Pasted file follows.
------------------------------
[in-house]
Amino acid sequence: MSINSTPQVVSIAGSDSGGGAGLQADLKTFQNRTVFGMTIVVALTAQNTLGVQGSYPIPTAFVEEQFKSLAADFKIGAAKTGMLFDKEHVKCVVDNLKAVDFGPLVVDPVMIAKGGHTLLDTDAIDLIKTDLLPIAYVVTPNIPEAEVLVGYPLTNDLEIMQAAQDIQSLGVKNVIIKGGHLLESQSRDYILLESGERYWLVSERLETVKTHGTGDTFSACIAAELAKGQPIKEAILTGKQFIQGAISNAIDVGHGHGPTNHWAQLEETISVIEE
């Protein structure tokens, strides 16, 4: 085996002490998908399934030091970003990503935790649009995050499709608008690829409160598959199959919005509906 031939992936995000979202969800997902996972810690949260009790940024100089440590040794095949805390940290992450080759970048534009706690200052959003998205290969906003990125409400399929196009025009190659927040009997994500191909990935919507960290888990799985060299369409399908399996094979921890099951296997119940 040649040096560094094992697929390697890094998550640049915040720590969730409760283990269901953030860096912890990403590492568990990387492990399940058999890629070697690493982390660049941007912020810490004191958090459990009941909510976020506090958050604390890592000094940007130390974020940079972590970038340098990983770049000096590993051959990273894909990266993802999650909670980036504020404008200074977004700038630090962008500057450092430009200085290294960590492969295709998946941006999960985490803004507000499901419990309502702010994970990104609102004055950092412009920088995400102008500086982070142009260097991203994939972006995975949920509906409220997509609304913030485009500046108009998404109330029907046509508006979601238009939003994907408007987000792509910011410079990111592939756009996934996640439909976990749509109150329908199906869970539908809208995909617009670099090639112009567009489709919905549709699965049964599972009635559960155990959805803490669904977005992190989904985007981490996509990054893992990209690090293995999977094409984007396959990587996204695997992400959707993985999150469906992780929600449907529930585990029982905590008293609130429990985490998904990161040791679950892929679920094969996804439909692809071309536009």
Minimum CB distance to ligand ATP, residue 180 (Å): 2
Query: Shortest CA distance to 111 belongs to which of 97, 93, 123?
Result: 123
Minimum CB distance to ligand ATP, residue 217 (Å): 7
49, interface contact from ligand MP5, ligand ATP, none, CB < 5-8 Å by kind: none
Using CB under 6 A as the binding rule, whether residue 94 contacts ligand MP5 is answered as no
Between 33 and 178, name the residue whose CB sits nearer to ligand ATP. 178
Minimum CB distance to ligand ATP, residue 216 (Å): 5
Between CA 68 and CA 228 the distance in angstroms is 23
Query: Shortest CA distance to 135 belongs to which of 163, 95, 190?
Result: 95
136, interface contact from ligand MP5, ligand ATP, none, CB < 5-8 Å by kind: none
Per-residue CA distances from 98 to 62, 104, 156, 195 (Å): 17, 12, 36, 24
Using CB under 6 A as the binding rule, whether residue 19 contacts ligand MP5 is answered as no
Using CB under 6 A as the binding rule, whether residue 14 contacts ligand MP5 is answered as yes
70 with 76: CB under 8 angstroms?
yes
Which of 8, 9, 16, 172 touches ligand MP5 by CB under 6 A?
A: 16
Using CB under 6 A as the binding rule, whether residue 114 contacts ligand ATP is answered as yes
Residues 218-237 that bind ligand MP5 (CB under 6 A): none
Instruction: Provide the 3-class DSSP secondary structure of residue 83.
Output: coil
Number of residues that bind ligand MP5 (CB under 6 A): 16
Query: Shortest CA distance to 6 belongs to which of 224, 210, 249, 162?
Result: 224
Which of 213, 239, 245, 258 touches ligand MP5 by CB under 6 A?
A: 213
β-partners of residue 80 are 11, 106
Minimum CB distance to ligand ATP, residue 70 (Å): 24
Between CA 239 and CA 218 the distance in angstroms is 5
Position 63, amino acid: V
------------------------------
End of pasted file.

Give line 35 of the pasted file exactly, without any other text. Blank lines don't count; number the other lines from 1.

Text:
Position 63, amino acid: V